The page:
Muscle Weakness and Falls

  • Giovanni IolasconEmail author
  • Antimo Moretti
  • Letizia Stefano
  • Francesca Gimigliano
Part of the Contemporary Endocrinology book series (COE)


Even if the muscle impairment secondary to hypovitaminosis D has been known since the seventeenth century in children affected by rickets, we had to wait for the discovery of the presence of the vitamin D receptor (VDR) in the human skeletal muscle cells to witness a remarkable growth of knowledge concerning the action of vitamin D on muscle. The effects of the binding of vitamin D to its receptor are (1) the stimulation of skeletal muscle growth and differentiation via gene transcription (long-term mechanism), (2) the activation of second messenger calcium-mediated system that regulates intracellular calcium levels and modulates muscle contraction (short-term mechanism), and (3) the inhibition of fat infiltration in skeletal muscle, thus improving physical performance.

The prevalence of vitamin D deficiency increases with age contributing to muscle wasting and skeletal fragility.

Therefore, along with the bone evaluation, a comprehensive assessment of skeletal muscle mass and functioning, including the measurement of appendicular lean mass (ALM) by dual-energy X-ray absorptiometry (DXA), muscle weakness by handgrip strength and knee extension strength, and physical performance through validated outcome measures, should be performed.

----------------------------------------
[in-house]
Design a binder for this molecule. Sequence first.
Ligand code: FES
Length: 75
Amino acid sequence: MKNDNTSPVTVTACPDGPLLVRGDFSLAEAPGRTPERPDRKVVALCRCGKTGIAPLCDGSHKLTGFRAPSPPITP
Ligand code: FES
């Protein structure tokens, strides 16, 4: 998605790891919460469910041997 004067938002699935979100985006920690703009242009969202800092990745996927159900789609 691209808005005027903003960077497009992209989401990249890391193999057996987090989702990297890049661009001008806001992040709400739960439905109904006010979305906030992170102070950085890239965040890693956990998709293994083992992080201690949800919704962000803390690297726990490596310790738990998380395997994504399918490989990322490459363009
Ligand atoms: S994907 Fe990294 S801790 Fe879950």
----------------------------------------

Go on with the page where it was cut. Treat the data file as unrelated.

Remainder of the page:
Data about the efficacy of vitamin D or its derivatives in the improvement of skeletal muscle health are conflicting. The most relevant evidences regard the beneficial effects on muscle function and fall risk prevention. It has been demonstrated that vitamin D enhances the effectiveness of therapeutic interventions, such as exercise and dietary supplements, in terms of muscle strength and physical performance. Serum 25(OH)D levels should be higher than 30 ng/mL or higher than 40 ng/mL if we wish to improve muscle function. Therefore a supplementation of at least 2000 IU/day of vitamin D should be prescribed.


Vitamin D Vitamin D deficiency Muscle weakness Falls Sarcopenia 


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Copyright information

© Springer International Publishing AG, part of Springer Nature 2018

Authors and Affiliations

  • Giovanni Iolascon
    • 1
    Email author
  • Antimo Moretti
    • 1
  • Letizia Stefano
    • 1
  • Francesca Gimigliano
    • 2
  1. 1.Department of Medical and Surgical Specialties and DentistryUniversity of Campania “Luigi Vanvitelli”NaplesItaly
  2. 2.Department of Mental and Physical Health and Preventive MedicineUniversity of Campania “Luigi Vanvitelli”NaplesItaly

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